Keywords: Antioxidants, Camellia sinensis, cancer, tea

How to cite this article:
Singhal K, Raj N, Gupta K, Singh S. Probable benefits of green tea with genetic implications. J Oral Maxillofac Pathol 2017;21:107-14

How to cite this URL:
Singhal K, Raj N, Gupta K, Singh S. Probable benefits of green tea with genetic implications. J Oral Maxillofac Pathol [serial online] 2017 [cited 2022 Aug 12];21:107-14. Available from: https://www.jomfp.in/text.asp?2017/21/1/107/203758

   Introduction Top

Tea is made from the leaves of Camellia sinensis and is one of the most widely consumed beverages in the world.[1] The tea plant is believed to have originated in the landmass encompassing Tibet, Western China and Northern India. Drinking the beverage tea has been considered a health-promoting habit since ancient times. The modern medicinal research is providing a scientific basis for this belief. The evidence supporting the health benefits of tea drinking grows stronger with each new study that is published in the scientific literature. In the last couple of years, green tea has gained popularity in the Western countries due to scientific findings that show the health potentials of the beverage. C. sinensis is a plant which yields a variety of tea which can be categorized into four types, depending on the level of fermentation.[2],[3],[4] The preparation of four different types of tea is illustrated in [Figure 1].[5],[6]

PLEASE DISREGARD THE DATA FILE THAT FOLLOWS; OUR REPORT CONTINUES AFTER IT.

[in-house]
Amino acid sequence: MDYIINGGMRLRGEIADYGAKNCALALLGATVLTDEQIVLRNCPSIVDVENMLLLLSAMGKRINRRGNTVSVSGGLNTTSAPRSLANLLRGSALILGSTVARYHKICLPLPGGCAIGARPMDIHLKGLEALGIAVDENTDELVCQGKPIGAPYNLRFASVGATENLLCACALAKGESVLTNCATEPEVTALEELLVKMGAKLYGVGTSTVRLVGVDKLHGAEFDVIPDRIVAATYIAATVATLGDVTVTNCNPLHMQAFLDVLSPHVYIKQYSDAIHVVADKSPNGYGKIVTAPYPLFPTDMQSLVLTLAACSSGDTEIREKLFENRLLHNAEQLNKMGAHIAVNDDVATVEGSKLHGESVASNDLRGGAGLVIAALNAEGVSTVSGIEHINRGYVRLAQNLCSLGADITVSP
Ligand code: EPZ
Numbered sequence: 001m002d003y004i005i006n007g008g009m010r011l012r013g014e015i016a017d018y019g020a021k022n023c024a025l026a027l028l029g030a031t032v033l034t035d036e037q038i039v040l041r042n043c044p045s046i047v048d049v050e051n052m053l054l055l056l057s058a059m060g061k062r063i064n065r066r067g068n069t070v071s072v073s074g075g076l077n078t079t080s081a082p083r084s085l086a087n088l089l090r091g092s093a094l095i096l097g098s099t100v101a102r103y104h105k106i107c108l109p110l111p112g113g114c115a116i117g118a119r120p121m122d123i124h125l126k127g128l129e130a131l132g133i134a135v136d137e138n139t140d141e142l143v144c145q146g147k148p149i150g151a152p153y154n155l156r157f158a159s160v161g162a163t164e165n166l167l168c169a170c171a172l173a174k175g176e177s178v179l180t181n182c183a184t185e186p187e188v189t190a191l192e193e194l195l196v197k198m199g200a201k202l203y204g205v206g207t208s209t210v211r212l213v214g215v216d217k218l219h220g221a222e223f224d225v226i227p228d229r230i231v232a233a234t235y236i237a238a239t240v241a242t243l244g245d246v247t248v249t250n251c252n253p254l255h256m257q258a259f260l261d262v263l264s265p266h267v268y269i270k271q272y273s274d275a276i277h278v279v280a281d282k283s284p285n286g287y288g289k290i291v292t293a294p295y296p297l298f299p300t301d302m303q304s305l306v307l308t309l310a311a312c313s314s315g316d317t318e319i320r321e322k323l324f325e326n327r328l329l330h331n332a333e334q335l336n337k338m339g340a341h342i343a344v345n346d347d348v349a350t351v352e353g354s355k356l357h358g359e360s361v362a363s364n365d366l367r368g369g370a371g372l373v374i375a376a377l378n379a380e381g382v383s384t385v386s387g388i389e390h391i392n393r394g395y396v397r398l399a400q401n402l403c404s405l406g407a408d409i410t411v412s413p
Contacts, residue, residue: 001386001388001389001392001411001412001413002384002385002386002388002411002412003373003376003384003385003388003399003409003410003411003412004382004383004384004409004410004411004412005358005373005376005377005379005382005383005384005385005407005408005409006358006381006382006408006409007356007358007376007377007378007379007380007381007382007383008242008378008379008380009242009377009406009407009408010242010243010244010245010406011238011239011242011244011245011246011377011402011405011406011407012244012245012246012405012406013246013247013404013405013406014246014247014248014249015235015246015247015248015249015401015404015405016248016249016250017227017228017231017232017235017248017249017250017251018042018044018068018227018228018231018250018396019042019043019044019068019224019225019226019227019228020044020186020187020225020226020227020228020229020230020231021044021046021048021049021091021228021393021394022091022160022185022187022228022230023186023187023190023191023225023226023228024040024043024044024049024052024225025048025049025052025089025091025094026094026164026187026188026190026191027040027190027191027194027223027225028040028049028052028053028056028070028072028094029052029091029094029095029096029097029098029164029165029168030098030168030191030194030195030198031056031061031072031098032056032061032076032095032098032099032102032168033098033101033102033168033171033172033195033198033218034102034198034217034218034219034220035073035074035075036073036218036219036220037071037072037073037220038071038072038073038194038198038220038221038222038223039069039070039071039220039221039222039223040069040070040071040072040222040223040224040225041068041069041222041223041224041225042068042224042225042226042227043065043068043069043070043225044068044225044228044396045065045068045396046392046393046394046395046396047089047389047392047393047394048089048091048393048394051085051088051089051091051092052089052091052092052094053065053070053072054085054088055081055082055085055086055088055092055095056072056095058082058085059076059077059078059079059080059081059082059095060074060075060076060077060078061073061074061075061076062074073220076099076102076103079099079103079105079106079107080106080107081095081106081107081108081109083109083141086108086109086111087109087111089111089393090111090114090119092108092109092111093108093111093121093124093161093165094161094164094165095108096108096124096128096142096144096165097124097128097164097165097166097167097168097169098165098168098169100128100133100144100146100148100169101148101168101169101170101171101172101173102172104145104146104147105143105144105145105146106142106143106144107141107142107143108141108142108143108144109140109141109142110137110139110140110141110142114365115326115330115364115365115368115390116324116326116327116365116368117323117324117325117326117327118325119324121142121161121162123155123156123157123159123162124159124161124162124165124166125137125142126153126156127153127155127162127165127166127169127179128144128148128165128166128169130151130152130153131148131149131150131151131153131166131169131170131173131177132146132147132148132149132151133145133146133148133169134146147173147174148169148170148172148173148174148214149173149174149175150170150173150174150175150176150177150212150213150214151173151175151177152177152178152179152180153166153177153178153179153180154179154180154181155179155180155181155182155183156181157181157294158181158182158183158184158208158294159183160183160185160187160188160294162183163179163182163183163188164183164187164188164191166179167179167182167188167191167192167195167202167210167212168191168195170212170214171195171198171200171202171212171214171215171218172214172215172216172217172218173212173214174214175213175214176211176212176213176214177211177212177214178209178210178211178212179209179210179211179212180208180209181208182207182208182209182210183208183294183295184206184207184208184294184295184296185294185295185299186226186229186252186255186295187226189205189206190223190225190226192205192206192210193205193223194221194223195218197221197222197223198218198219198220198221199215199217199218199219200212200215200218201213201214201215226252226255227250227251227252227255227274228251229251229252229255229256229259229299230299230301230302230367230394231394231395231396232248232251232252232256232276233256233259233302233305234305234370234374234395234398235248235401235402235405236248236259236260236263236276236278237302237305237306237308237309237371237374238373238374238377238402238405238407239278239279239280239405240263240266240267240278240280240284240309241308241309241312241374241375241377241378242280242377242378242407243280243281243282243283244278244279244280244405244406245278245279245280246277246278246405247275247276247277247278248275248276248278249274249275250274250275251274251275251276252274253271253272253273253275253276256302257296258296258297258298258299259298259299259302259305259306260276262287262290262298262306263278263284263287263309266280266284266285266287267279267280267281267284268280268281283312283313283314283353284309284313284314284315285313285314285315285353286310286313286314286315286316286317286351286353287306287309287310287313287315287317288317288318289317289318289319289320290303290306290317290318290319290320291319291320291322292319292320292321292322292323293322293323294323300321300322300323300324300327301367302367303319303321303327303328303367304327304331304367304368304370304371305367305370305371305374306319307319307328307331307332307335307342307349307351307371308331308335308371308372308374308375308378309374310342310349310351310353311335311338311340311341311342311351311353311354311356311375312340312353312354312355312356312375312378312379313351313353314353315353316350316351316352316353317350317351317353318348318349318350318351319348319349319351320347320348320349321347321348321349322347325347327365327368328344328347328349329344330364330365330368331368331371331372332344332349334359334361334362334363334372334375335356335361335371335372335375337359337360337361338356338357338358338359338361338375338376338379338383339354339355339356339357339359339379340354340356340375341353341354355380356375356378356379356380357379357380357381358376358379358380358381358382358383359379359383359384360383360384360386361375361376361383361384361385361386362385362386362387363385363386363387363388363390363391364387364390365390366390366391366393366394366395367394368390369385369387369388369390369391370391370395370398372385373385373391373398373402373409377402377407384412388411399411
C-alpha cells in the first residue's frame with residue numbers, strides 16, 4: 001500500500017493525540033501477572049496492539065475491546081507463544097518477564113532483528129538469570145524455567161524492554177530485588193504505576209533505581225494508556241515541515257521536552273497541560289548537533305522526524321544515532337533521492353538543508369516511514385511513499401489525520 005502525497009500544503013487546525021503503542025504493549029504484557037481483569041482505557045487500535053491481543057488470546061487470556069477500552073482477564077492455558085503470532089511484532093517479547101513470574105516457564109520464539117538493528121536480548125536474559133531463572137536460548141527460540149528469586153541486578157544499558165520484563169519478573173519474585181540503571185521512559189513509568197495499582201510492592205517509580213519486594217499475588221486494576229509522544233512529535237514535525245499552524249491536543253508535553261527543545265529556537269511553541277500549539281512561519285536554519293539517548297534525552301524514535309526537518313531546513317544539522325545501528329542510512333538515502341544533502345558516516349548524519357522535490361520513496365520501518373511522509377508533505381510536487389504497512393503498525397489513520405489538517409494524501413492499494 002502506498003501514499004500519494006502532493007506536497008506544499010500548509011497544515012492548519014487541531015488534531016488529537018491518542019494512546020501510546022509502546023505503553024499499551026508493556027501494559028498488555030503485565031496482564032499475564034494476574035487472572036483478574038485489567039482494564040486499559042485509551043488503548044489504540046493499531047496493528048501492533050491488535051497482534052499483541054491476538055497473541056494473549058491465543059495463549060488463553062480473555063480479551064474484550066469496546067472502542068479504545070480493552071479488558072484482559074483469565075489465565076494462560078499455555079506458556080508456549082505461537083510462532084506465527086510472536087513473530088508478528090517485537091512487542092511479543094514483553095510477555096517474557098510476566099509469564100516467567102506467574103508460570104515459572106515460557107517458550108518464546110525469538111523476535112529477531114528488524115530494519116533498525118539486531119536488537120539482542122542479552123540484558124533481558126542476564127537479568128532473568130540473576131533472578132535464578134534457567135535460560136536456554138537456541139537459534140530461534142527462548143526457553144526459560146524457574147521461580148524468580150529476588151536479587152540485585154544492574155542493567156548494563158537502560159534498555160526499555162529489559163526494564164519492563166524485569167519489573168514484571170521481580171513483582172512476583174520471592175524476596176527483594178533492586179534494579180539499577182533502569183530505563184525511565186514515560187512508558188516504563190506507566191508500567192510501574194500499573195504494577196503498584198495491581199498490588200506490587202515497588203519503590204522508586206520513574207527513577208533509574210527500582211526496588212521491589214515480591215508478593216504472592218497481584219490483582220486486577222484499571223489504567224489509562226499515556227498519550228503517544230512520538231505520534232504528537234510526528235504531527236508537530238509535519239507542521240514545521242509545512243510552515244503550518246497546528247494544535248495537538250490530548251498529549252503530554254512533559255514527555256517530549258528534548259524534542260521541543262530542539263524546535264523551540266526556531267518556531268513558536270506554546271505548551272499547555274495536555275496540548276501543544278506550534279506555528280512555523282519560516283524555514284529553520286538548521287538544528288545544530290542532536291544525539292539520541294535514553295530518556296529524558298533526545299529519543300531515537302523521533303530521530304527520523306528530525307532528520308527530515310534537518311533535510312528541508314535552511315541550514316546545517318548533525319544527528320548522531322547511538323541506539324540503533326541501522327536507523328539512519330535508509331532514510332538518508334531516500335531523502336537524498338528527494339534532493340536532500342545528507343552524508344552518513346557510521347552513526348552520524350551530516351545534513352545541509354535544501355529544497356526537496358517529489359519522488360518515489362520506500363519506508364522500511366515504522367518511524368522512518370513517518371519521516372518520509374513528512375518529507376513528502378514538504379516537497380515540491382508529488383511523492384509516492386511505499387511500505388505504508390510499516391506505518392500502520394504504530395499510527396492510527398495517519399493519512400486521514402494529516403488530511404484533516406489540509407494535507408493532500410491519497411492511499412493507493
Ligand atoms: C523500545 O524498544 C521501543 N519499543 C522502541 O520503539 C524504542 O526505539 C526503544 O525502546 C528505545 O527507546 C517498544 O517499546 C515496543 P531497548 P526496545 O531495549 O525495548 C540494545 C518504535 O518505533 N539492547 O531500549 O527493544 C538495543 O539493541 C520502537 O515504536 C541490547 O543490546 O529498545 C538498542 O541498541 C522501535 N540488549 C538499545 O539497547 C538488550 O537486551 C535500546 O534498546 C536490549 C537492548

Figure 1: Processing of tea

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  1. Green tea (unfermented) - It is prepared in such a way to preclude the oxidation of green leaf polyphenols
  2. Black tea (fermented) or red tea (Pu-Erh) - During its production, oxidation is promoted so that most of these substance are oxidized